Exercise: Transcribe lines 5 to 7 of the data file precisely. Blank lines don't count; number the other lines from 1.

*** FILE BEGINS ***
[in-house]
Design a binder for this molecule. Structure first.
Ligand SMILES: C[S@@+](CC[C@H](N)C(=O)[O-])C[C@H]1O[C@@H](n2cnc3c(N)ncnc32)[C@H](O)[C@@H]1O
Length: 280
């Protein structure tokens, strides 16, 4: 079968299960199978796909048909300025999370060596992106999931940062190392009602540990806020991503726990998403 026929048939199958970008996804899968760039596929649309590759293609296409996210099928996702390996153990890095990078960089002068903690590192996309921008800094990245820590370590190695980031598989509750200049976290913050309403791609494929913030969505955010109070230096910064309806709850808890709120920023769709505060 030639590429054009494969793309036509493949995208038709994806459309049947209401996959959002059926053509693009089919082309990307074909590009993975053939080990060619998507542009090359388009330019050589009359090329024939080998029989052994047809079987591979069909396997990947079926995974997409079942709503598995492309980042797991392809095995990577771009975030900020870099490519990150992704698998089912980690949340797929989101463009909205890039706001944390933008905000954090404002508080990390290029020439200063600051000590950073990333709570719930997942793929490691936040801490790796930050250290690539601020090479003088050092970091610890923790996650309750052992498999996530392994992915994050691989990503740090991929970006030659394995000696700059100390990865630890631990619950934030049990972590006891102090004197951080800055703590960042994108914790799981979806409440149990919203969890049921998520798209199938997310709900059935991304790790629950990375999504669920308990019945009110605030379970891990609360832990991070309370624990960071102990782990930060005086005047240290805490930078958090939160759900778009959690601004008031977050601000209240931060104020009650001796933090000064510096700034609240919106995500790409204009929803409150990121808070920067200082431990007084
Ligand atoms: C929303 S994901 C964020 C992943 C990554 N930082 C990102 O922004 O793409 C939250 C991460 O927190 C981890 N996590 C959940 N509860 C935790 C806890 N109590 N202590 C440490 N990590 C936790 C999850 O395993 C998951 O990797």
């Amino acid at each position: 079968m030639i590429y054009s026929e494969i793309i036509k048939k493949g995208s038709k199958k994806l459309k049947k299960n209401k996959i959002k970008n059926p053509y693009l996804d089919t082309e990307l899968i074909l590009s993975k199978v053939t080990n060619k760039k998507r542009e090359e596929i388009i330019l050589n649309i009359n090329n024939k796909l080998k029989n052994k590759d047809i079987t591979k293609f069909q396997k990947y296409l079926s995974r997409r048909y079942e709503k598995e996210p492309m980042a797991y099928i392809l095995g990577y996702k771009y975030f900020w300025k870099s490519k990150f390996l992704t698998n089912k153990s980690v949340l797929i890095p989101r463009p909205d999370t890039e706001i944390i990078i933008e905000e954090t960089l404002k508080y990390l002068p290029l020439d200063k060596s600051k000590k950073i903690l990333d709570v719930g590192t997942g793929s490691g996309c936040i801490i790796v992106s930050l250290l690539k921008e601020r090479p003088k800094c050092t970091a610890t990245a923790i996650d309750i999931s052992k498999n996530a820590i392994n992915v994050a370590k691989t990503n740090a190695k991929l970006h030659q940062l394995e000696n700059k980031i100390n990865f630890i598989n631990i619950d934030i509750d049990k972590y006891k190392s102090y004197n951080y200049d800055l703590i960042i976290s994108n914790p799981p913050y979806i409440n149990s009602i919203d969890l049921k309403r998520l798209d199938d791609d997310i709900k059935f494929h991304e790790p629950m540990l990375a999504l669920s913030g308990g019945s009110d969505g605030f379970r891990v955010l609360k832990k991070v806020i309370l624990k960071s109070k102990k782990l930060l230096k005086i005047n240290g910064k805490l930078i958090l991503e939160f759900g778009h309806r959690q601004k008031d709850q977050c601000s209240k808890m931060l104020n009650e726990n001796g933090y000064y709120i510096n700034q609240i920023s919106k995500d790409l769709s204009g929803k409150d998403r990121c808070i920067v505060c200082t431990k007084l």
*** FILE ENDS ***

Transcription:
């Protein structure tokens, strides 16, 4: 079968299960199978796909048909300025999370060596992106999931940062190392009602540990806020991503726990998403 026929048939199958970008996804899968760039596929649309590759293609296409996210099928996702390996153990890095990078960089002068903690590192996309921008800094990245820590370590190695980031598989509750200049976290913050309403791609494929913030969505955010109070230096910064309806709850808890709120920023769709505060 030639590429054009494969793309036509493949995208038709994806459309049947209401996959959002059926053509693009089919082309990307074909590009993975053939080990060619998507542009090359388009330019050589009359090329024939080998029989052994047809079987591979069909396997990947079926995974997409079942709503598995492309980042797991392809095995990577771009975030900020870099490519990150992704698998089912980690949340797929989101463009909205890039706001944390933008905000954090404002508080990390290029020439200063600051000590950073990333709570719930997942793929490691936040801490790796930050250290690539601020090479003088050092970091610890923790996650309750052992498999996530392994992915994050691989990503740090991929970006030659394995000696700059100390990865630890631990619950934030049990972590006891102090004197951080800055703590960042994108914790799981979806409440149990919203969890049921998520798209199938997310709900059935991304790790629950990375999504669920308990019945009110605030379970891990609360832990991070309370624990960071102990782990930060005086005047240290805490930078958090939160759900778009959690601004008031977050601000209240931060104020009650001796933090000064510096700034609240919106995500790409204009929803409150990121808070920067200082431990007084
Ligand atoms: C929303 S994901 C964020 C992943 C990554 N930082 C990102 O922004 O793409 C939250 C991460 O927190 C981890 N996590 C959940 N509860 C935790 C806890 N109590 N202590 C440490 N990590 C936790 C999850 O395993 C998951 O990797």
């Amino acid at each position: 079968m030639i590429y054009s026929e494969i793309i036509k048939k493949g995208s038709k199958k994806l459309k049947k299960n209401k996959i959002k970008n059926p053509y693009l996804d089919t082309e990307l899968i074909l590009s993975k199978v053939t080990n060619k760039k998507r542009e090359e596929i388009i330019l050589n649309i009359n090329n024939k796909l080998k029989n052994k590759d047809i079987t591979k293609f069909q396997k990947y296409l079926s995974r997409r048909y079942e709503k598995e996210p492309m980042a797991y099928i392809l095995g990577y996702k771009y975030f900020w300025k870099s490519k990150f390996l992704t698998n089912k153990s980690v949340l797929i890095p989101r463009p909205d999370t890039e706001i944390i990078i933008e905000e954090t960089l404002k508080y990390l002068p290029l020439d200063k060596s600051k000590k950073i903690l990333d709570v719930g590192t997942g793929s490691g996309c936040i801490i790796v992106s930050l250290l690539k921008e601020r090479p003088k800094c050092t970091a610890t990245a923790i996650d309750i999931s052992k498999n996530a820590i392994n992915v994050a370590k691989t990503n740090a190695k991929l970006h030659q940062l394995e000696n700059k980031i100390n990865f630890i598989n631990i619950d934030i509750d049990k972590y006891k190392s102090y004197n951080y200049d800055l703590i960042i976290s994108n914790p799981p913050y979806i409440n149990s009602i919203d969890l049921k309403r998520l798209d199938d791609d997310i709900k059935f494929h991304e790790p629950m540990l990375a999504l669920s913030g308990g019945s009110d969505g605030f379970r891990v955010l609360k832990k991070v806020i309370l624990k960071s109070k102990k782990l930060l230096k005086i005047n240290g910064k805490l930078i958090l991503e939160f759900g778009h309806r959690q601004k008031d709850q977050c601000s209240k808890m931060l104020n009650e726990n001796g933090y000064y709120i510096n700034q609240i920023s919106k995500d790409l769709s204009g929803k409150d998403r990121c808070i920067v505060c200082t431990k007084l």